Young people are dreamers. But what happens when the most massive youth bubble in human history is forced to confront the canyon between their prospects and their dreams? Dreamers, by journalist Snighda Poonam, is a brilliant, clear-as-gin investigation of this generation. Poonam profiles an aspiring small-town model, a content-farm overlord, a call-center huckster who scams elderly Americans—ambitious young men who prey and are preyed upon in the globally connected India. She covers Hindutva’s foot soldiers—twitchy young fascists who long to attack Muslims on the pretext of rescuing cows, or beat up couples on Valentine’s Day. These dreamers are reshaping the world … and electing Modi. Her chapter on Risha Singh (the steel-willed organizer who fought her way to the head of the Allahabad student union) is the book’s one guarded note of hope.
Molly Crabapple was featured in an interview with Marwan Hisham for BOMB.
Salt, Fat, Acid, Heat by Samin Nosrat (Simon & Schuster, 2018)
For me, 2018 was a year of transformation and building connections to so many new worlds. It honestly feels like in the past twelve months I’ve discovered more wonderful, new parts of life than in all the preceding years combined. One of them was the continent opened by this book. I’ve never read a cookbook cover to cover before, nor have I ever had anything like a cooking philosophy, and that’s part of the wonder of Salt, Fat, Acid, Heat. It feels so personal and so visionary. Samin Nosrat so effortlessly drew me in with her friendly tone, and as I read her words I began to feel like I really understood food for the first time (despite cooking regularly for years). Once you’ve gotten practiced at the techniques she explains, you feel like you’ve joined a group of empowered people who know something special about preparing food. Whenever you meet a fellow SFAH devotee on the street, the two of you will give one another friendly smiles and feel a little like you already know each other. Because of this book I’ve roasted entire animals for the first time in my life; I’ve learned to simultaneously use multiple kinds of salt in the same dish; I’ve forever changed my relationship with olive oil—and that’s just for starters. I’ve always enjoyed being in the kitchen, but now the time I spend there means so much more to me, and I’m frankly excited to keep going and learning more.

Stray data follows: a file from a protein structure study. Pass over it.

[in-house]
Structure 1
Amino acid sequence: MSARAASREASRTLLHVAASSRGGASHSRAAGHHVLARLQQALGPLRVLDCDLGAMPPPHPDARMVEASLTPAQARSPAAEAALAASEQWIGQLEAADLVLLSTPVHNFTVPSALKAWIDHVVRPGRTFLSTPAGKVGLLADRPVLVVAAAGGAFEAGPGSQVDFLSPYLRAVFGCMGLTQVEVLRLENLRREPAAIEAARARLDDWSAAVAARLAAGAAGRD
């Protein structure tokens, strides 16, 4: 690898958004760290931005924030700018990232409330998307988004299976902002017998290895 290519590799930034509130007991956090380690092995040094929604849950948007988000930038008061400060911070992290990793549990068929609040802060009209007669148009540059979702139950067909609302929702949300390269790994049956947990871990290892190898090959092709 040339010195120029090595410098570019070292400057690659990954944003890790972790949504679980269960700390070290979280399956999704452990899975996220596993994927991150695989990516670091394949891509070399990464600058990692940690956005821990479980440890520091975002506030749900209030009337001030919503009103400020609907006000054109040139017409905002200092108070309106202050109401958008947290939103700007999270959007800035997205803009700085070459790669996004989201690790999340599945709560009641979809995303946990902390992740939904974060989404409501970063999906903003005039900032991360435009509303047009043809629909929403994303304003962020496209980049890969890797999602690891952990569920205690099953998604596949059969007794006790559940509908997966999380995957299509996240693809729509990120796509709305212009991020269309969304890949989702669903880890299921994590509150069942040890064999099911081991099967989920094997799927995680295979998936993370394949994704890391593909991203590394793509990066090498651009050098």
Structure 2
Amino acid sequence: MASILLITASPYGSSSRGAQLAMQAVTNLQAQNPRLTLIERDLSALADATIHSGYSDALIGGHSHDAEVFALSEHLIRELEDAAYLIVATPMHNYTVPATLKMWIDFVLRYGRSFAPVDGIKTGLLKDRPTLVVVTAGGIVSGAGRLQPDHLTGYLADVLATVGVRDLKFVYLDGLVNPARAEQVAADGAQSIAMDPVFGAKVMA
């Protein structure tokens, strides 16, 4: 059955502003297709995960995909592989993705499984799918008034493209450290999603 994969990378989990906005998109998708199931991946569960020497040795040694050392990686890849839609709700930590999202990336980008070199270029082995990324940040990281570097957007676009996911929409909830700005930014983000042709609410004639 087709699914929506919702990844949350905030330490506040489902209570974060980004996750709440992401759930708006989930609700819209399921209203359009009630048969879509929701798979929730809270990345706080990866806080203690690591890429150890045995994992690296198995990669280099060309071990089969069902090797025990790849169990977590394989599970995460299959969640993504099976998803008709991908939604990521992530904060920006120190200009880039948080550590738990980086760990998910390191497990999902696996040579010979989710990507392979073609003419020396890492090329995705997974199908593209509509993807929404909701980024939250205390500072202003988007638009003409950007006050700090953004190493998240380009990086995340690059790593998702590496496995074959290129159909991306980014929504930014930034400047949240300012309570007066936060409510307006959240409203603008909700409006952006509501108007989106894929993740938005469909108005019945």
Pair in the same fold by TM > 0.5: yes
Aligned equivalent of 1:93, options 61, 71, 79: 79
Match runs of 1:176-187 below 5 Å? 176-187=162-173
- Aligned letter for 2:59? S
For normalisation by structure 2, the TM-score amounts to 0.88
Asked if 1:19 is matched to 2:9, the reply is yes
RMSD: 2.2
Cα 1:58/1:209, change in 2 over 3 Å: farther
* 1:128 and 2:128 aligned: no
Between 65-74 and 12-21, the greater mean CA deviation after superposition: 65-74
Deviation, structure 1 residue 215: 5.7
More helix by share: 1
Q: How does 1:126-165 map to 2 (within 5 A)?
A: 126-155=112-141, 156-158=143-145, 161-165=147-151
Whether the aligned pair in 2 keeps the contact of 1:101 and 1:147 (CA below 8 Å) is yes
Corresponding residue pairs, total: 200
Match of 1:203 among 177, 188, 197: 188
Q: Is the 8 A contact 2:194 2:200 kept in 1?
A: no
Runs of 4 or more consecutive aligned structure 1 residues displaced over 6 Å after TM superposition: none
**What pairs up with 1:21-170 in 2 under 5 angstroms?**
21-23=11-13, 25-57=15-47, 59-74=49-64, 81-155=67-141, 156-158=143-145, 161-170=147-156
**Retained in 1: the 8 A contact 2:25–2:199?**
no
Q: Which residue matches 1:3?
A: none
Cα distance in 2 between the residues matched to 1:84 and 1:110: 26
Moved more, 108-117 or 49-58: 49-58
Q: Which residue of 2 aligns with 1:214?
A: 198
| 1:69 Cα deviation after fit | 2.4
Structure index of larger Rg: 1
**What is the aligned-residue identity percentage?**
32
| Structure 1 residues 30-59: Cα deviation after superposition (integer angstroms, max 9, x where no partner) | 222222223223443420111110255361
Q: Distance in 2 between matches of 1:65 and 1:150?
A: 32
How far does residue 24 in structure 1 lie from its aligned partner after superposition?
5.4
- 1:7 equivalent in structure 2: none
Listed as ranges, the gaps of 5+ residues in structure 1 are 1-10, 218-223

Veronica Scott Esposito was interviewed for BOMB by Sergio De La Pava.